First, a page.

Other Archaeological Sites / The Neolithic of the Levant (500 Page Book Online)
Mesolithic 1 Settlement Patterns
Chapter 2 (Pages 42-44)
Mesolithic 1 sites have been found over much of the Levant but their greatest density is in Palestine and Lebanon. Their known distribution is the result of survey and excavation, much of it quite recent, which may not necessarily accurately reflect the original pattern of occupation. This has been demonstrated in Syria where no Mesolithic 1 sites were known north of Yabrud until a few years ago when more were found following intensive survey of the Palmyra region and the Euphrates valley.
Sites have now been located in the Jebel Meghara in northern Sinai (Moshabi XIV) as well as in the Har Harif and in Nahal Lavan (Nahal Lavan II, VI, 105) in the Negev. Others have been found along the present coast of Palestine (Kiryath Aryeh, Kefar Darom), in the Judean hills (Khiam), on Mount Carmel (Kebara, Nahal Oren) and in Galilee (Hayonim, Ein Gev). At least three sites have been discovered in what is now the steppe zone of TransJordan east of the Rift valley (Wadi Dhobai K, Wadi Madamagh, Wadi Rum). In Lebanon almost all the known sites are on the western slopes of the Lebanon Mountains (Abri Bergy, Jiita II, Ksar Akil). Douara Cave near Palmyra and Nahr Homr on the Euphrates are proof that Mesolithic 1 communities inhabited central and northern Syria where there must be many other contemporary sites awaiting discovery.
Relatively few Mesolithic 1 sites have been found in the Judean hills or in the Mountains of Lebanon even though these areas have been carefully surveyed. This suggests that the people of Mesolithic 1 avoided the wooded highlands. The Kebaran occupation at Khiam and the related Nebekian/Falitian at Yabrud III show that they did penetrate the upland rain-shadow zone which carried thin woodland at most during this period. TransJordan and possibly Sinai and the Negev were all steppic yet Mesolithic 1 sites have been found in these regions so the steppe itself must have afforded resources which these people could exploit. They do not however appear to have deeply penetrated the steppic zone to the east. It may be that the very dry cool conditions of the interior inhibited further expansion in this direction. All known Mesolithic 1 sites were probably north and west of the contemporary 200 mm isohyet which may have been the effective boundary of occupation. It will be interesting to see if this observation still holds true once the interior of the Syrian desert has been more thoroughly surveyed.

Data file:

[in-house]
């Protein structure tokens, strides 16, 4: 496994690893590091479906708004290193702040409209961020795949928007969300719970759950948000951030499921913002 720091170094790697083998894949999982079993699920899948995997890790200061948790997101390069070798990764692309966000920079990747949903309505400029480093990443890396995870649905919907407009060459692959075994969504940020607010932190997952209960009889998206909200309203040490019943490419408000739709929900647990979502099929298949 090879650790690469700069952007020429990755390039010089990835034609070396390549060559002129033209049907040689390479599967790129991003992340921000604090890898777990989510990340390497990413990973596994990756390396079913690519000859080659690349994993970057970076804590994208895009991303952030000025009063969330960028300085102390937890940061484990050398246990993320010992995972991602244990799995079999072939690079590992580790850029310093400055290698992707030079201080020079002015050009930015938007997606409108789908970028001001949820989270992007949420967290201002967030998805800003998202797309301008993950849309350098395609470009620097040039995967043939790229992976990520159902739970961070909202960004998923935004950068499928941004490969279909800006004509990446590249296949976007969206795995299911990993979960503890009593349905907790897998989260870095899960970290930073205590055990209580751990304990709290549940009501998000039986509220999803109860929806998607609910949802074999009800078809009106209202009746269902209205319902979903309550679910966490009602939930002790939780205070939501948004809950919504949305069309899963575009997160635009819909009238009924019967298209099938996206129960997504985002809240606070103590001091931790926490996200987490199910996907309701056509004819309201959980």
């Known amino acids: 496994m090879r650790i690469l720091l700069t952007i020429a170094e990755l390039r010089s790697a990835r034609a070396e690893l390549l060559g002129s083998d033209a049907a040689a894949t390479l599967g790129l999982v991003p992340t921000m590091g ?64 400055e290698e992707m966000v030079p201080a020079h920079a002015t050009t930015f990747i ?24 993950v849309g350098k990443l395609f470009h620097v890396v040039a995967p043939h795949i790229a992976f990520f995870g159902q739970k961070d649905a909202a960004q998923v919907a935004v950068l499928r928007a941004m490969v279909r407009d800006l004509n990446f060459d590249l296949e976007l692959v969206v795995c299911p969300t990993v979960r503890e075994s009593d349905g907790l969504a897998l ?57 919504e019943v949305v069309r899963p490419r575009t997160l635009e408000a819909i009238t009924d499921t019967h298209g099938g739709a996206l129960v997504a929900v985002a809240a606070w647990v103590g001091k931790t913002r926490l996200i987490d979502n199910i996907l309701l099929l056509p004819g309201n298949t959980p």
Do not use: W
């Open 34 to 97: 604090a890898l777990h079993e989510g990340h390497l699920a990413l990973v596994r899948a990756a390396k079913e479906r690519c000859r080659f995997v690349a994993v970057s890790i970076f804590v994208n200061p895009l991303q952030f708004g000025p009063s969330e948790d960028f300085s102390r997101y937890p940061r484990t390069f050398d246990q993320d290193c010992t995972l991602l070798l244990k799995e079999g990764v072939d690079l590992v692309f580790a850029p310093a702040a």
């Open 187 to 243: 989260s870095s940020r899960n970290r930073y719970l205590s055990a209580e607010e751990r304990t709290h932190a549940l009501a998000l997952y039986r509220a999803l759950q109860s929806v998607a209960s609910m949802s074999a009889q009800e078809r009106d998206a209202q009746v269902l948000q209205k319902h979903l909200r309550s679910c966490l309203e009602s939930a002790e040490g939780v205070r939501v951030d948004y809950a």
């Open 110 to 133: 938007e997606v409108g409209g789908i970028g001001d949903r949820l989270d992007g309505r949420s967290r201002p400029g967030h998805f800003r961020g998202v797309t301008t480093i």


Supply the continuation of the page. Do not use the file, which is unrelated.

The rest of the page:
The people of Mesolithic 1 used both rock shelters and open stations as habitation sites. The shelter sites, among them Ksar Akil, Jiita II, Hayonim, Kebara and Wadi Madamagh, were frequently situated in wadis on the fringes of the hill country. Not all the available rock shelters were occupied: Mugharet Wad, Shukbah and Erq Ahmar for instance remained empty throughout Mesolithic 1. This may indicate that shelters were now less attractive as habitation sites than they had been during the Aurignacian.
Most Mesolithic 1 sites were open stations. Again, some like the Nahal Oren terrace and the Wadi Malih and Wadi Fazael sites were situated in wadis while Ein Gev and others were found near springs. There were many more open stations along the present coast and in the Negev around the Har Harif and Jebel Meghara. Until recently the relative abundance of open sites in Mesolithic 1 compared with the Aurignacian lent weight to the suggestion that these were more preferred than in the past. This may still be true of the upland zones where shelters and caves were to be found. This observation does not apply to northern Sinai and the Negev where the recent survey work of Marks, Phillips and their collaborators has shown that these areas were inhabitated in both the Aurignacian and Mesolithic 1. All the sites of both stages found here have been open stations principally no doubt because shelters were a rare feature of the landscape in these regions ...